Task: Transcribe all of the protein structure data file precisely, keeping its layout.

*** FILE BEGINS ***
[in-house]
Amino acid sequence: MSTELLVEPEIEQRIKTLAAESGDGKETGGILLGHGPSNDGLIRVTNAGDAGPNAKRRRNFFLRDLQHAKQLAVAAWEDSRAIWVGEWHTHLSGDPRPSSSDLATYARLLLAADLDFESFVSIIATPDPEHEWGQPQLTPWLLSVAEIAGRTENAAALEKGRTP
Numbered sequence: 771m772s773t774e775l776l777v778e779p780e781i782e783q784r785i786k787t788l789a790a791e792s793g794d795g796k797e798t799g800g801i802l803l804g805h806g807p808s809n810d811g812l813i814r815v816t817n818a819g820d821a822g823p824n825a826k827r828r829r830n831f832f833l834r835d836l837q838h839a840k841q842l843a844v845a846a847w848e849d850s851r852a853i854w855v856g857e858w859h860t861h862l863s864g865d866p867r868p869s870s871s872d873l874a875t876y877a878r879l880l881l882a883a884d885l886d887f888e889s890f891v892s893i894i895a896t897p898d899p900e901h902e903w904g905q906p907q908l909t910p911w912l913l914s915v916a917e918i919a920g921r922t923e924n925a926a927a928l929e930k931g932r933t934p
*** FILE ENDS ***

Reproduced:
[in-house]
Amino acid sequence: MSTELLVEPEIEQRIKTLAAESGDGKETGGILLGHGPSNDGLIRVTNAGDAGPNAKRRRNFFLRDLQHAKQLAVAAWEDSRAIWVGEWHTHLSGDPRPSSSDLATYARLLLAADLDFESFVSIIATPDPEHEWGQPQLTPWLLSVAEIAGRTENAAALEKGRTP
Numbered sequence: 771m772s773t774e775l776l777v778e779p780e781i782e783q784r785i786k787t788l789a790a791e792s793g794d795g796k797e798t799g800g801i802l803l804g805h806g807p808s809n810d811g812l813i814r815v816t817n818a819g820d821a822g823p824n825a826k827r828r829r830n831f832f833l834r835d836l837q838h839a840k841q842l843a844v845a846a847w848e849d850s851r852a853i854w855v856g857e858w859h860t861h862l863s864g865d866p867r868p869s870s871s872d873l874a875t876y877a878r879l880l881l882a883a884d885l886d887f888e889s890f891v892s893i894i895a896t897p898d899p900e901h902e903w904g905q906p907q908l909t910p911w912l913l914s915v916a917e918i919a920g921r922t923e924n925a926a927a928l929e930k931g932r933t934p